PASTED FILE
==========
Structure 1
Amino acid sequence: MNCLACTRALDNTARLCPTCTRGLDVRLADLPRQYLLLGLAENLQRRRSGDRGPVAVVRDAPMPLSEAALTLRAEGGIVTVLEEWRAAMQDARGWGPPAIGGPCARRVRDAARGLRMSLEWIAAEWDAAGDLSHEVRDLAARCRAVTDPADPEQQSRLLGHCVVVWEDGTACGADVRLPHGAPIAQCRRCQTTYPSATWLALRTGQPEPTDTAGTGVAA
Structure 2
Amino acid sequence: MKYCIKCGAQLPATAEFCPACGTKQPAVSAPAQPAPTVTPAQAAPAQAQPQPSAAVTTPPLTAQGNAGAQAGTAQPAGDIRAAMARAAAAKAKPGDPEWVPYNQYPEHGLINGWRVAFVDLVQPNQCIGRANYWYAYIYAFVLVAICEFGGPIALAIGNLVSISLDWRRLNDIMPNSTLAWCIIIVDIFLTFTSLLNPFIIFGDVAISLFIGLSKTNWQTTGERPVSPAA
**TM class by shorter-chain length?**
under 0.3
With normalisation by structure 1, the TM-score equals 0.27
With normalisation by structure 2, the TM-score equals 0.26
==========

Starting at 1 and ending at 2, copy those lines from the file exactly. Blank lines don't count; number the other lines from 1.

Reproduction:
Structure 1
Amino acid sequence: MNCLACTRALDNTARLCPTCTRGLDVRLADLPRQYLLLGLAENLQRRRSGDRGPVAVVRDAPMPLSEAALTLRAEGGIVTVLEEWRAAMQDARGWGPPAIGGPCARRVRDAARGLRMSLEWIAAEWDAAGDLSHEVRDLAARCRAVTDPADPEQQSRLLGHCVVVWEDGTACGADVRLPHGAPIAQCRRCQTTYPSATWLALRTGQPEPTDTAGTGVAA